58. Nguyen, C.V.; Milford, M.; Mahony, R. 3D tracking of water hazards with polarized stereo cameras. arXiv 2017. [Google Scholar]
  59. InvenSense MPU-6050. Available online: https://playground.arduino.cc/Main/MPU-6050 (accessed on 6 June 2017).
  60. Badino, H.; Franke, U.; Mester, R. Free space computation using stochastic occupancy grids and dynamic programming. In Proceedings of the 2007 ICCV Workshop on Dynamical Vision, Rio de Janeiro, Brazil, 20 October 2007; Available online: http://www.lelaps.de/papers/badino_wdv2007.pdf (accessed on 12 August 2017). [Google Scholar]
  61. Kaiwei Wang Team. Available online: wangkaiwei.org (accessed on 6 June 2017).
  62. Kumar, S.; Karthik, M.S.; Krishna, K.M. Markov Random Field based small obstacle discovery over images. In Proceedings of the 2014 IEEE International Conference on Robotics and Automation (ICRA), Hong Kong, China, 31 May–7 June 2014; pp. 494–500. [Google Scholar]
  63. AMAP. Available online: http://ditu.amap.com/ (accessed on 6 June 2017).
Figure 1. The flow chart of the approach.
Figure 1. The flow chart of the approach.
Sensors 17 01890 g001
Figure 2. The light reflection and refraction for water hazards with particles and ground bottom.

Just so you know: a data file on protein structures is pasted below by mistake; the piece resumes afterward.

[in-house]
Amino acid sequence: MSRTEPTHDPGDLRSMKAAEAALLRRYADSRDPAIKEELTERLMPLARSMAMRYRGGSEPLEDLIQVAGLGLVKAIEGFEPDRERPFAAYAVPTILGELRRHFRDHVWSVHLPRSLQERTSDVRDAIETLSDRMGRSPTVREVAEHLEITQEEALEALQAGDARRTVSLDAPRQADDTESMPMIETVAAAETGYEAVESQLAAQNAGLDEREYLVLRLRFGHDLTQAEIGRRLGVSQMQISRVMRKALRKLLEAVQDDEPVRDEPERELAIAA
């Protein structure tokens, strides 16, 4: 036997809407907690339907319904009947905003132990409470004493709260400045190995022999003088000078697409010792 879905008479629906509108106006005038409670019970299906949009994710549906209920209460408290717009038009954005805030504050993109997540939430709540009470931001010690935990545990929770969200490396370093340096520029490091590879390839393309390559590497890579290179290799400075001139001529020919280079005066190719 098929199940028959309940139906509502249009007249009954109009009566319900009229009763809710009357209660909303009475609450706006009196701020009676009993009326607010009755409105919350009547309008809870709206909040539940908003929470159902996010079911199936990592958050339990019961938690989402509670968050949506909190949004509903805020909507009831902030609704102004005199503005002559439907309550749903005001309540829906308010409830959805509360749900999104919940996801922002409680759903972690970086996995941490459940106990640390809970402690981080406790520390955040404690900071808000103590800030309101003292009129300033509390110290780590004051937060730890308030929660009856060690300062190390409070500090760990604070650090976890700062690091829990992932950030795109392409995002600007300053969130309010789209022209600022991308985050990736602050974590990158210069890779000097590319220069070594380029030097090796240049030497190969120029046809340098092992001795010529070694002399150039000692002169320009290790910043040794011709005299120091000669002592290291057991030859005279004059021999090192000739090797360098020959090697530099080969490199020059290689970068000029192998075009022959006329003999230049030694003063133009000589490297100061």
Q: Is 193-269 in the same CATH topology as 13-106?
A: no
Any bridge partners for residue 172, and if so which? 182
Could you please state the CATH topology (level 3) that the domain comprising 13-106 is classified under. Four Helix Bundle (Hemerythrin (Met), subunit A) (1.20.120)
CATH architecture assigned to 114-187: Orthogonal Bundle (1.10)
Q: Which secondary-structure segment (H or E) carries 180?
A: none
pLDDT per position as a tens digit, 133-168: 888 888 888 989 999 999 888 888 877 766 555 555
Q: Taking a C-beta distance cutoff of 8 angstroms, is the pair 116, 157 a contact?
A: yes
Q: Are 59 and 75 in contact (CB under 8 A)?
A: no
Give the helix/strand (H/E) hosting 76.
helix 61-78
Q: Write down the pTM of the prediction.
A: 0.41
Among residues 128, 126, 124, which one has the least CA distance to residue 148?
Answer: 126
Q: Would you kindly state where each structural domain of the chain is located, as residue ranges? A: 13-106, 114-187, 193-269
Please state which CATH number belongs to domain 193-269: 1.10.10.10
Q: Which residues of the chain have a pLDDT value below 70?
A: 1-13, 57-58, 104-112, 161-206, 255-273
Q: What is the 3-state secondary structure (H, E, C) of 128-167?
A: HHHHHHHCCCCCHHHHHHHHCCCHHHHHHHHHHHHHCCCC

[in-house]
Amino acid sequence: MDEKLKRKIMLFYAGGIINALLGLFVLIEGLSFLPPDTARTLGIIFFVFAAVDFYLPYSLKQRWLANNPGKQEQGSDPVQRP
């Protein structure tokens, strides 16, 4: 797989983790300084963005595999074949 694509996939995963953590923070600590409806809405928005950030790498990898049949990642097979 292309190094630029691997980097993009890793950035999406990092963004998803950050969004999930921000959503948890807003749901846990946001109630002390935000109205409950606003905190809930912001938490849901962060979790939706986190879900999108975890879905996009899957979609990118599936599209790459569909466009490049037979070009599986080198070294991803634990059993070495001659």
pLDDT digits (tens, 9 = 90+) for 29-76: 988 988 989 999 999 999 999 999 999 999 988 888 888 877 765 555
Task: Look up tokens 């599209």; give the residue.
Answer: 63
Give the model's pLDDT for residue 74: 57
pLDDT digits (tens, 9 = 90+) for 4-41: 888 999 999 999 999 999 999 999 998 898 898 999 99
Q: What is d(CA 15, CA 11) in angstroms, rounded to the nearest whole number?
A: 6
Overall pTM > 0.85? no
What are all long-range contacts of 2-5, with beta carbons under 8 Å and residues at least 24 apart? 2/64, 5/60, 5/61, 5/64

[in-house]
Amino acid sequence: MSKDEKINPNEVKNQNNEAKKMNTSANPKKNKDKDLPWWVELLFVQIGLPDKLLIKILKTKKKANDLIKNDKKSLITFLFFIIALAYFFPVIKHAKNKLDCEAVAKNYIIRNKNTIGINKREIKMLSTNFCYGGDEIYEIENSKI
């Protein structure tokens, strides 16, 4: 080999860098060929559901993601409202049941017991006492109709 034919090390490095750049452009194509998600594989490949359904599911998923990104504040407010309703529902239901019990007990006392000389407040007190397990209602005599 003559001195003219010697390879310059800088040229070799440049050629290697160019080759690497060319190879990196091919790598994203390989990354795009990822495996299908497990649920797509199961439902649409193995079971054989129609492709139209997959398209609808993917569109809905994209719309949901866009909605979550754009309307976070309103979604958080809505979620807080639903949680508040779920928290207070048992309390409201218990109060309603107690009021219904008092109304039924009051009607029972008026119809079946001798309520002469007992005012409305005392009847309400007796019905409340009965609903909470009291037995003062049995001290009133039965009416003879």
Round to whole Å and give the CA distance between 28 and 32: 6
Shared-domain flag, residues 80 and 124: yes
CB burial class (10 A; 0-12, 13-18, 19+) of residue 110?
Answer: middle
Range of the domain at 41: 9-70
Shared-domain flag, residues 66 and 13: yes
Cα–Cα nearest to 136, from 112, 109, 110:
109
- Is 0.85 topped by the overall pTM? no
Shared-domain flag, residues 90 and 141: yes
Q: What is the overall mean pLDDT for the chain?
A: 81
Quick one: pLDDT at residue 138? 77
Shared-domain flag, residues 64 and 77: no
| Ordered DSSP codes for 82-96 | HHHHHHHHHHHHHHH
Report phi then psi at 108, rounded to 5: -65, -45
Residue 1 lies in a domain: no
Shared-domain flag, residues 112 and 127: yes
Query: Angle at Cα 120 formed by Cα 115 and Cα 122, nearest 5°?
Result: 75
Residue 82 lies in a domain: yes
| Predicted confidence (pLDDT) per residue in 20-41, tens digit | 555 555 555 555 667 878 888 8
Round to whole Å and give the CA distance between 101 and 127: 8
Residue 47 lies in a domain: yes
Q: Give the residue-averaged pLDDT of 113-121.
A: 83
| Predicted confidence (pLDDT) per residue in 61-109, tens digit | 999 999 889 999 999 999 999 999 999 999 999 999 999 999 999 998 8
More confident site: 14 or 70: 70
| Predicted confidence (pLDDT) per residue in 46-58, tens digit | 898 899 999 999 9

Figure 2. The light reflection and refraction for water hazards with particles and ground bottom.
Sensors 17 01890 g002
Figure 3. Reflection and refraction energy components from water as function of degree and direction of polarization. (a) Unpolarized light; (b) Light is three quarters polarized in perpendicular direction with the water plane; (c) Light is a quarter polarized in perpendicular direction with the water plane.
Figure 3. Reflection and refraction energy components from water as function of degree and direction of polarization. (a) Unpolarized light; (b) Light is three quarters polarized in perpendicular direction with the water plane; (c) Light is a quarter polarized in perpendicular direction with the water plane.
Sensors 17 01890 g003
Figure 4. Traversable area detection in different scenarios.
Figure 4. Traversable area detection in different scenarios.
Sensors 17 01890 g004
Figure 5. Flow chart of the water hazard detection.
Figure 5. Flow chart of the water hazard detection.
Sensors 17 01890 g005
Figure 6. Water hazard detection with traversable area detection. (a,d) Left color images; (b,e) Right color images; (c,f) Detection results with the pRGB-D sensor.
Figure 6. Water hazard detection with traversable area detection. (a,d) Left color images; (b,e) Right color images; (c,f) Detection results with the pRGB-D sensor.
Sensors 17 01890 g006
Figure 7. Farthest traversable lines with or without water hazard detection. (a,d,g) Traversable area and water hazard detection results; (b,e,h) Farthest traversable lines correspond to the traversable area detection without water hazard detection; (c,f,i) Farthest traversable lines obtained with both traversable area detection and water hazard detection.
Figure 7. Farthest traversable lines with or without water hazard detection. (a,d,g) Traversable area and water hazard detection results; (b,e,h) Farthest traversable lines correspond to the traversable area detection without water hazard detection; (c,f,i) Farthest traversable lines obtained with both traversable area detection and water hazard detection.
Sensors 17 01890 g007